This relates to the final year at Nursery School and the first 2 years of Primary. The courses are known as CP (Cours Preparatoire) and CE1 (Cours Elementaire1)
- Cycles des Approfondissements
This cycle includes the balance of time spent at Primary School and includes the course CE2 (Cours Elementaire2), CM1 (Cours Moyen1) and CM2 (Cours Moyen2)
Flexibility has deliberately been built into the courses so that a child can move on to the next cycle even before the typical three year period has elapsed or take longer if need be.
In 2005 the government introduced the seven skills or competences that underlie teaching in primary and secondary schools.
Children are expected to have a command of these competences when they leave compulsory school. The seven skills are:
- Mastery of the French language
- Practical Knowledge of a living, modern language
- The basic elements of maths, science and technology
- Familiarity with the common techniques of communication and obtaining information
- The humanities
- Social and civic responsibility
- Autonomy and initiative
The French education system is highly oriented towards structured learning, with an emphasis on traditional teaching techniques designed to help pupils attain required standards and pass exams. With recent French government concern about basic literacy and numeracy standards among school-leavers, the emphasis on maths, reading, writing, science and French language is unlikely to change.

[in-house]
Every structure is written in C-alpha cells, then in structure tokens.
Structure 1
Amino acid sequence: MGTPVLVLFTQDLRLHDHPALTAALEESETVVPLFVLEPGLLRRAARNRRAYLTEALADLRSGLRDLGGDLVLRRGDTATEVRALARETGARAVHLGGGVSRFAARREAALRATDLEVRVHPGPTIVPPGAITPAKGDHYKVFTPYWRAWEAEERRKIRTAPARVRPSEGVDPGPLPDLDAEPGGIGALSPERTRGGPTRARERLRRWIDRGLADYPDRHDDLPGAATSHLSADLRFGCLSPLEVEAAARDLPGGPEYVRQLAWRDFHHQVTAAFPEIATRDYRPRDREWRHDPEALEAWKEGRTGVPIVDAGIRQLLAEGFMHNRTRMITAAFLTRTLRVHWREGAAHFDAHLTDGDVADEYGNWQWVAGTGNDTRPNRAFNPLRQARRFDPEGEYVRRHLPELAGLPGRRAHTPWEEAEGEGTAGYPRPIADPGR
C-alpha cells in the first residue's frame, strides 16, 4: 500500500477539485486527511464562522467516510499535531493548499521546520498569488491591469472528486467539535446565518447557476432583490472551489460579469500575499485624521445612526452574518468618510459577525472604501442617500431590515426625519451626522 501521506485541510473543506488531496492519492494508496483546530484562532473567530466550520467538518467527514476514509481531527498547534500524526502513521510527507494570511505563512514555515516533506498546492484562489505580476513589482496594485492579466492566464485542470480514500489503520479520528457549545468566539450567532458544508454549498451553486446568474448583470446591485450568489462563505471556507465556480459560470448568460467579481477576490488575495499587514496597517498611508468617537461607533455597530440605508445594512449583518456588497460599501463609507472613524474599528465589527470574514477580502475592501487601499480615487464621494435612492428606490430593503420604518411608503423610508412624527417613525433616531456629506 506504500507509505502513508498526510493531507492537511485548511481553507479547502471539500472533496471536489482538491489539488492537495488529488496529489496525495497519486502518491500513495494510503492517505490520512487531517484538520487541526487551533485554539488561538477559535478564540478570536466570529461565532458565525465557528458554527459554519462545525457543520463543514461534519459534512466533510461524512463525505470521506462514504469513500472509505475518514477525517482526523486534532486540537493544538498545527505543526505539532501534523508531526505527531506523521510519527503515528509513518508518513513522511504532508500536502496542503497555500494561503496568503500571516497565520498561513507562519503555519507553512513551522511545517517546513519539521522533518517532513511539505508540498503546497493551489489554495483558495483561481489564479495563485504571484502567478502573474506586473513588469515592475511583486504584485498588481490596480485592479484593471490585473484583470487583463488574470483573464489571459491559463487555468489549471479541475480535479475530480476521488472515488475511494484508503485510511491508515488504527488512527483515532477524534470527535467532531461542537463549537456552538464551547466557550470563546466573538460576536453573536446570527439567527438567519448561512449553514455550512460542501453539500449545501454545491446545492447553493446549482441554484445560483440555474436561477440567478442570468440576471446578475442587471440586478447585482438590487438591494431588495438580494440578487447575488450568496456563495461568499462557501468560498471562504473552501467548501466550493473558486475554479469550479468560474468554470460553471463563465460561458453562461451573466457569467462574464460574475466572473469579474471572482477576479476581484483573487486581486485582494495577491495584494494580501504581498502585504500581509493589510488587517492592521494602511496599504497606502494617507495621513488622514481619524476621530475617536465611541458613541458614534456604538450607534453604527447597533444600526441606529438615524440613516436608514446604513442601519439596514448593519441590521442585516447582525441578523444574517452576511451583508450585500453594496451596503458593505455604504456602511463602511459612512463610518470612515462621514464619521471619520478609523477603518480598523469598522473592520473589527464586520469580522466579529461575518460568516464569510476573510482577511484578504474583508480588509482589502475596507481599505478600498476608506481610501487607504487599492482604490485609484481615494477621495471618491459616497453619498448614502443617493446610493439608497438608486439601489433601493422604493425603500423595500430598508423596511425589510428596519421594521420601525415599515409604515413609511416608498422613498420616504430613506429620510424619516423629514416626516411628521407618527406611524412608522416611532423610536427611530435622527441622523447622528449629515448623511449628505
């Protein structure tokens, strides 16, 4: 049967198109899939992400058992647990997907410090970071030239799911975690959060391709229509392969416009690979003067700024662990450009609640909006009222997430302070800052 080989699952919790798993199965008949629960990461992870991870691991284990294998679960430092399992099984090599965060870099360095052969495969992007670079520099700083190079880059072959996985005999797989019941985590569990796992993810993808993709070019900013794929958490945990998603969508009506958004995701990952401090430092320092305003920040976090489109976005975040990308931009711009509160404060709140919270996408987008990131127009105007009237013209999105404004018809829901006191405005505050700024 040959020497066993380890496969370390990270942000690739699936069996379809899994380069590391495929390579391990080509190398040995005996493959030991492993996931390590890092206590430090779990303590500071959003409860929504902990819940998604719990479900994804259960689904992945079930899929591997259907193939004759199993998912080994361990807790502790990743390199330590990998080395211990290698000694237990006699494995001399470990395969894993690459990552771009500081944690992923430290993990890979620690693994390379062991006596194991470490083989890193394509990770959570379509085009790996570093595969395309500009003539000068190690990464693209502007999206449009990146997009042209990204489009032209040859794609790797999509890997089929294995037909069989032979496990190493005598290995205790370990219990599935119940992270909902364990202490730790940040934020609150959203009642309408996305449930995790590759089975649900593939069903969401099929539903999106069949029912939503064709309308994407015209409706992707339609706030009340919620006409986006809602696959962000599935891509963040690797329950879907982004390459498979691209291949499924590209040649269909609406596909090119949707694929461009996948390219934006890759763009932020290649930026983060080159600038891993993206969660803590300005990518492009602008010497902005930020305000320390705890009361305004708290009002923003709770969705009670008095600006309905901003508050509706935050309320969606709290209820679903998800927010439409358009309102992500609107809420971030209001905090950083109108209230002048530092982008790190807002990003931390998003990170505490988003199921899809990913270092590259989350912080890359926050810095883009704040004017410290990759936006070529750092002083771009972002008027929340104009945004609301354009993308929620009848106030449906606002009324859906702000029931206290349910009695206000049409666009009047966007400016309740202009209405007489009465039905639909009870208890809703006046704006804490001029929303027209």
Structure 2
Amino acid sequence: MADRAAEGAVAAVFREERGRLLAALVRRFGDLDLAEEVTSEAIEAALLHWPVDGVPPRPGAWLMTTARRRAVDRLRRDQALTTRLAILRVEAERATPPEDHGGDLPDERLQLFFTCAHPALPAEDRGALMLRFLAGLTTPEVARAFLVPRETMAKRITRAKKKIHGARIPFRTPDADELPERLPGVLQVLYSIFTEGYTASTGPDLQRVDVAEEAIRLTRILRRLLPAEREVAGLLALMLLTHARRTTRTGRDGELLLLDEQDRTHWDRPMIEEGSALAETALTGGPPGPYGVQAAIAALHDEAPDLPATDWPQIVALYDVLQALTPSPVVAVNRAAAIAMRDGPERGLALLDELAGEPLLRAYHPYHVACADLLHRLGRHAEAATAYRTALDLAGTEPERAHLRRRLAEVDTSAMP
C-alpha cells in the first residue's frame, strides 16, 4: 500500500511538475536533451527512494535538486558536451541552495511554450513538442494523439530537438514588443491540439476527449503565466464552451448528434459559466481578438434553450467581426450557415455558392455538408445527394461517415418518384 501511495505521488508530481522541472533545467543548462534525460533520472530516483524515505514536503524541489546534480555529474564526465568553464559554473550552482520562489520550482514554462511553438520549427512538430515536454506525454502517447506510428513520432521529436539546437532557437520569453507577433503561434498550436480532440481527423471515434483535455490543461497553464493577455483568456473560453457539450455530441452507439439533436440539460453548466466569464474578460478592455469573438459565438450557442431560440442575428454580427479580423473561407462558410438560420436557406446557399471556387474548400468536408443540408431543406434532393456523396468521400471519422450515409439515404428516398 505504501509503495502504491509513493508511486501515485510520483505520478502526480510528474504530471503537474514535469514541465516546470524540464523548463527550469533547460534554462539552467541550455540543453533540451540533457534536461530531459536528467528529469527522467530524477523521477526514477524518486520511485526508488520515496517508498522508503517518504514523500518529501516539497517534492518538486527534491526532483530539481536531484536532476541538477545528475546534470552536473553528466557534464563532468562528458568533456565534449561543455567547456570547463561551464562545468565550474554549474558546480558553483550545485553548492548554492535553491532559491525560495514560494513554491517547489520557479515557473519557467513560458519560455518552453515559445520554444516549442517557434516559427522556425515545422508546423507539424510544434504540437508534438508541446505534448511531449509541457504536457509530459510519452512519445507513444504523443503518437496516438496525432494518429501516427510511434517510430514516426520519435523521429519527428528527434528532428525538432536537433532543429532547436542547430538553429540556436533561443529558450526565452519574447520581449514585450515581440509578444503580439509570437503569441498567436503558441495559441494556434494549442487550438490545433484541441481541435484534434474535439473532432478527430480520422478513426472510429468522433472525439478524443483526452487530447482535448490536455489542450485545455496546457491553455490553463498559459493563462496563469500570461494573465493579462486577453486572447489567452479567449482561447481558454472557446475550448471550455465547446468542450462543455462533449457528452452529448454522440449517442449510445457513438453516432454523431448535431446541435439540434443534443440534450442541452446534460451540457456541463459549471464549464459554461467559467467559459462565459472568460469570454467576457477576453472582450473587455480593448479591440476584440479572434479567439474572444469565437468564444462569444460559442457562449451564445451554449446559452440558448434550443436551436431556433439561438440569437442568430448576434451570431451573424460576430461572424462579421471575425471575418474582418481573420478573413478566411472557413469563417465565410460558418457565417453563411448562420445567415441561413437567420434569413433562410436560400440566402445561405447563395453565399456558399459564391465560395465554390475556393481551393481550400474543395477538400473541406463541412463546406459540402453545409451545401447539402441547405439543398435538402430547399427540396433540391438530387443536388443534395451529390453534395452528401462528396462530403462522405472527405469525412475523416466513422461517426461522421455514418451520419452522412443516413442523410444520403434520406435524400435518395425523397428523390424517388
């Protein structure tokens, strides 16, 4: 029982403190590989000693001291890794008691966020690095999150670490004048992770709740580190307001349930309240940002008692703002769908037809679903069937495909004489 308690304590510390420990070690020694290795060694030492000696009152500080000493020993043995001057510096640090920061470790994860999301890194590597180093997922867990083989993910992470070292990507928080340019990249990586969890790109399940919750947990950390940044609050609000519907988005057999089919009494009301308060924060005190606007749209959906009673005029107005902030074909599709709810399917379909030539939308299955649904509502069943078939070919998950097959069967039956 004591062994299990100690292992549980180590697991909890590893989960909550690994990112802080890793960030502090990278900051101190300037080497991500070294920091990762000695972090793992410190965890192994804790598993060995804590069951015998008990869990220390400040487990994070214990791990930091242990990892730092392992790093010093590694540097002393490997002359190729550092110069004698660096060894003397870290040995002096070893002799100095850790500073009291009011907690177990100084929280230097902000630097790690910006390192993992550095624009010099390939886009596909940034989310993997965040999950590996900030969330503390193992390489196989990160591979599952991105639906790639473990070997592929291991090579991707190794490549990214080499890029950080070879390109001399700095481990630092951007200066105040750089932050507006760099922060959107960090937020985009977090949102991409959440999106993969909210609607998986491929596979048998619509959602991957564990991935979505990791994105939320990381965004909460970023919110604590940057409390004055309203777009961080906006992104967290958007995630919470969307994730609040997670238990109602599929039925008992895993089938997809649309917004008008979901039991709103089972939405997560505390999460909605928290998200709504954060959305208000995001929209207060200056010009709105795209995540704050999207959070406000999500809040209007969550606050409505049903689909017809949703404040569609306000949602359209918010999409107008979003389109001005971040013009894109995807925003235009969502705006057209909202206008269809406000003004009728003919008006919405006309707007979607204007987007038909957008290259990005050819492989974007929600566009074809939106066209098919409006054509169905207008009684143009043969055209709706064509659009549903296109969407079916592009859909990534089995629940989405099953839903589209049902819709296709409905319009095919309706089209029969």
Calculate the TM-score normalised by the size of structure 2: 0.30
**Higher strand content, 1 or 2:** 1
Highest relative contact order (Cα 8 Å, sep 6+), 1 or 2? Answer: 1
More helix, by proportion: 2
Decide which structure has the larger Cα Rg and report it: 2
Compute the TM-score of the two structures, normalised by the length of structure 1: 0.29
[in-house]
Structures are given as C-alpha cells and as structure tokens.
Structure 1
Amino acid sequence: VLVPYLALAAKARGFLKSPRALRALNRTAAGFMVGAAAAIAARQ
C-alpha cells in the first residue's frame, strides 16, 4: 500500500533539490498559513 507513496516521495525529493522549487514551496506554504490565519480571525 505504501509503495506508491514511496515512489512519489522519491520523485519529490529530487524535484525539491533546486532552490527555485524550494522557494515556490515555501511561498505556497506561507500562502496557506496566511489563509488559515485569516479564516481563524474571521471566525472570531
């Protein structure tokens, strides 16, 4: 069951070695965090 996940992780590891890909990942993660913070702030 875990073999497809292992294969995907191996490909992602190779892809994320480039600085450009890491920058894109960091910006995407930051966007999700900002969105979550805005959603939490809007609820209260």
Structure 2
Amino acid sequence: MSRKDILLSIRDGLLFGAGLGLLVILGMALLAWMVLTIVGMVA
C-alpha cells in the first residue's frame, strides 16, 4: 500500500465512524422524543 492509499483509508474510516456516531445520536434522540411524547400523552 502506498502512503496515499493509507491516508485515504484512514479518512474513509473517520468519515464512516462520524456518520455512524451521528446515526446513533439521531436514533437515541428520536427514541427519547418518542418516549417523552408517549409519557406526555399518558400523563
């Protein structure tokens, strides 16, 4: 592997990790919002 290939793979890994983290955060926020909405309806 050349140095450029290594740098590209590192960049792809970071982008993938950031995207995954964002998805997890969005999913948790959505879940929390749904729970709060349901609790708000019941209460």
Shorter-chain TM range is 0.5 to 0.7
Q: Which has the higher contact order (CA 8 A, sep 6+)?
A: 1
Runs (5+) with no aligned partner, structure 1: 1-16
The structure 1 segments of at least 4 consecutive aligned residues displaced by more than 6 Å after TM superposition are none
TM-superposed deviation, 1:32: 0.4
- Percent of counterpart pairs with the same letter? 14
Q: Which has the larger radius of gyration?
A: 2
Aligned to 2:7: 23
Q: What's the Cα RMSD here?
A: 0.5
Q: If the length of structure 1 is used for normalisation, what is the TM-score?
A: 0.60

In general schools, the direction taken (repeating a year, moving to a higher class, changing streams) involves a procedure based on dialogue,within each school, between the school (teachers and administration) and the families and pupils. Teachers give their opinions at staff meetings (the 'conseil de classe'), and parents of pupils can appeal a decision they do not agree with.
The French education system is divided into Nursery Schools (Ecole Maternelle), Primary Schools (Ecole Primaire) and Secondary Schools (commencing with College) until age 15 when the next step is decided by examination. The top students will be able to attend a High School (Lycée) to study for the Baccalaureat. Those who don't attain the necessary grades at this stage may follow more vocational educational options . Around 80 percent of children continue their schooling beyond the age of 16.